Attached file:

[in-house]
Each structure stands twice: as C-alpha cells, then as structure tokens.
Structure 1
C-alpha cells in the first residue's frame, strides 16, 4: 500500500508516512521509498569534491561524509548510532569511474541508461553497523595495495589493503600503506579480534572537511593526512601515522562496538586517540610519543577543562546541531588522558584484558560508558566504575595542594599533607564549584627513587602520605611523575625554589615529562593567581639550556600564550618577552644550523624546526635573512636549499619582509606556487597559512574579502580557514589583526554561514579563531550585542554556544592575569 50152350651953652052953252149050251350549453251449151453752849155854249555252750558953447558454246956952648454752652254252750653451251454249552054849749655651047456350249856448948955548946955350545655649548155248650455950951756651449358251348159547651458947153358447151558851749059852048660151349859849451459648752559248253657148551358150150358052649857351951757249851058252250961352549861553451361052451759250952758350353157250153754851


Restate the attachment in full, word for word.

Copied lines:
[in-house]
Each structure stands twice: as C-alpha cells, then as structure tokens.
Structure 1
C-alpha cells in the first residue's frame, strides 16, 4: 500500500508516512521509498569534491561524509548510532569511474541508461553497523595495495589493503600503506579480534572537511593526512601515522562496538586517540610519543577543562546541531588522558584484558560508558566504575595542594599533607564549584627513587602520605611523575625554589615529562593567581639550556600564550618577552644550523624546526635573512636549499619582509606556487597559512574579502580557514589583526554561514579563531550585542554556544592575569 50152350651953652052953252149050251350549453251449151453752849155854249555252750558953447558454246956952648454752652254252750653451251454249552054849749655651047456350249856448948955548946955350545655649548155248650455950951756651449358251348159547651458947153358447151558851749059852048660151349859849451459648752559248253657148551358150150358052649857351951757249851058252250961352549861553451361052451759250952758350353157250153754851